The three hamlets of Staploe, Duloe and Honeydon (including Begwary) are very sparsely populated often with large gaps between
homes and usually only with houses on one side of the road. All have wonderful countryside views from their gardens. This is different from a larger settlement such as Thurleigh on which the Landscape Character Assessment appears to be modelling future development.

Object

Local Plan 2040 Draft Plan - Strategy options and draft policies consultation

Representation ID: 4466

Received: 31/08/2021

Representation Summary:

Staploe Parish Neighbourhood Plan survey demonstrated that the rural feel of our parish is greatly valued by residents. Our rural lanes are a distinctive local feature and many have roadside nature reserves. Developing a large new town of Dennybrook (site 977) or other sites in Duloe such as Cobholden, Manor Farm, Duloe Field, Flints Field and Top Homes may necessitate widening and urbanisation of these roads and destroy valued hedgerows - contrary to the comments in this landscape character assessment. Also, our hamlets are much more sparsely populated than Thurleigh (the model settlement given for our landscape type).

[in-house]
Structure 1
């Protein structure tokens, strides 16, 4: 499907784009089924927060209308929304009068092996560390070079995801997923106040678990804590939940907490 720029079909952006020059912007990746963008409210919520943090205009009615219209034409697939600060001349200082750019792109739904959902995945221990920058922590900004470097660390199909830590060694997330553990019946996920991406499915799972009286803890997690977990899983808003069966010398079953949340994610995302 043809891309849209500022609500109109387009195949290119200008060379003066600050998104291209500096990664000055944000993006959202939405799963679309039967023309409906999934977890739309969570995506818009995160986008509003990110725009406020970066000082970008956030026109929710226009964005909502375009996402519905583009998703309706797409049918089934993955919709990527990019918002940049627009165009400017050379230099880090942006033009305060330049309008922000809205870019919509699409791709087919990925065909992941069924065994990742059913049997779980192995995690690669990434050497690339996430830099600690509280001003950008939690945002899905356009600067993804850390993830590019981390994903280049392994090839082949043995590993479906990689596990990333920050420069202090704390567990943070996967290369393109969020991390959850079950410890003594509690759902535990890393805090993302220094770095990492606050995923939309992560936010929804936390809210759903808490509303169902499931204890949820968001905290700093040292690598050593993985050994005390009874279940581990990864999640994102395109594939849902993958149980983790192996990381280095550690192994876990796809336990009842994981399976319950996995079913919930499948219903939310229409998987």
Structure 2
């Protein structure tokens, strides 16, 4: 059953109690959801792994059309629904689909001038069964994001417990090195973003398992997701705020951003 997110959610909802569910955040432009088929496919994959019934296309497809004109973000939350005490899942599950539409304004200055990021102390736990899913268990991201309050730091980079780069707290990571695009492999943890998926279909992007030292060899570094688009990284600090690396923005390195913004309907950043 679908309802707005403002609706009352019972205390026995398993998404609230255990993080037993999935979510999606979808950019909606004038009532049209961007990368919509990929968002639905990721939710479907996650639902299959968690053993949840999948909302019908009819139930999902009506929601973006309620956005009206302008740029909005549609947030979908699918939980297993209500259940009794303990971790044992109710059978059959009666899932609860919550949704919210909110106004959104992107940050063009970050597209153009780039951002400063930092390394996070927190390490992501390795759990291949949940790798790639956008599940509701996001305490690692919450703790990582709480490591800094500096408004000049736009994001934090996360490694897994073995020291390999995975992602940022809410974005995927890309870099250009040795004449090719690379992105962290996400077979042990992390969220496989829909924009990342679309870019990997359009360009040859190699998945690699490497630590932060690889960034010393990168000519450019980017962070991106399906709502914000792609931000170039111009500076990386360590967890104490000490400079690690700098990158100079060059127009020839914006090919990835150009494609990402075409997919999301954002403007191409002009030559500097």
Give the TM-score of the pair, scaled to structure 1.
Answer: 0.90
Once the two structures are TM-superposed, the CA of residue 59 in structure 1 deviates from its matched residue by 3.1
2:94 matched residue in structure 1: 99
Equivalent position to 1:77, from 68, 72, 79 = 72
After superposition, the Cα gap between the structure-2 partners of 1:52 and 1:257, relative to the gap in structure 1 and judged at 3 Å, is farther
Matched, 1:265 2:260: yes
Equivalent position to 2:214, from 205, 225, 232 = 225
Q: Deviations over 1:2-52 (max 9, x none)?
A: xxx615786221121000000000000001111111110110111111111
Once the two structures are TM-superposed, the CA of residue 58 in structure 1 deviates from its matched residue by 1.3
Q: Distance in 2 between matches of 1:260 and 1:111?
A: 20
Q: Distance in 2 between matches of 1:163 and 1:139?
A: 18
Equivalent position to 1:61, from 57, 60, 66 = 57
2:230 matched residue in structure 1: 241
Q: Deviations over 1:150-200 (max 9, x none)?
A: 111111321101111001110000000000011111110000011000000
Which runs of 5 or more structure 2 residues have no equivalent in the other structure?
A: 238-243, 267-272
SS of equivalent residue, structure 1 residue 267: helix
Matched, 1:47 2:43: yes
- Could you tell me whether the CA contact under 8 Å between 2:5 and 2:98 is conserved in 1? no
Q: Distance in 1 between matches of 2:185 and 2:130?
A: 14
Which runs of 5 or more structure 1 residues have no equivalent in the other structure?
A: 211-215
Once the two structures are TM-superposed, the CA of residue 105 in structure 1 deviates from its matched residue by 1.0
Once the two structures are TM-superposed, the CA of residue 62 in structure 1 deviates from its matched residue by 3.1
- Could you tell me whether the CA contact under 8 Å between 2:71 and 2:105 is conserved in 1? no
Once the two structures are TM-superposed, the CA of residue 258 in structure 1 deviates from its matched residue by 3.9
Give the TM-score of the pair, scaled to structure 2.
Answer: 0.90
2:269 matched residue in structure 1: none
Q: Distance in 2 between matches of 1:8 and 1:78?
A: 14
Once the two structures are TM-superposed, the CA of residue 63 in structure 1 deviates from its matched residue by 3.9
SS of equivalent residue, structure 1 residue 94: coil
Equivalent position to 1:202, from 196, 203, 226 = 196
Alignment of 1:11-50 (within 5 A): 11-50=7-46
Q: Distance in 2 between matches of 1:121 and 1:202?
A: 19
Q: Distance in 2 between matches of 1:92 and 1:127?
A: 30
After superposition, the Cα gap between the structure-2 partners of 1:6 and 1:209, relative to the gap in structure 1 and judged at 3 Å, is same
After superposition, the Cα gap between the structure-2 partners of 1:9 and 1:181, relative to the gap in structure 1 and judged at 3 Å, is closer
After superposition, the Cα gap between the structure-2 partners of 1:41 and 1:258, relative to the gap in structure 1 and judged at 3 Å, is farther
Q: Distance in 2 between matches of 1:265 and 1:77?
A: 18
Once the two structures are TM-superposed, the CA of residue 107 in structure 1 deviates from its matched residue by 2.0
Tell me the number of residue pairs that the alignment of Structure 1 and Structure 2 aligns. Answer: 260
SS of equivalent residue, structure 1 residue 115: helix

Full text:

I note the following statements in the assessment:
1E.1.37 Conserve and enhance surviving historic field boundaries and restore hedges where possible in areas of former ancient enclosures, while retaining the open character of areas which were formerly open field land.
1E.1.38 Enhance the hedgerows consistent management and resist development that will result in further loss/fragmentation of hedgerows and hedgerow trees. Encourage the growth of new hedgerow trees to maintain landscape structure and connectivity.
1E.1.42 Conserve the character of the rural roads and limit urbanising influences – widening/kerbing and ensure that traffic management measures are sympathetic to the rural character.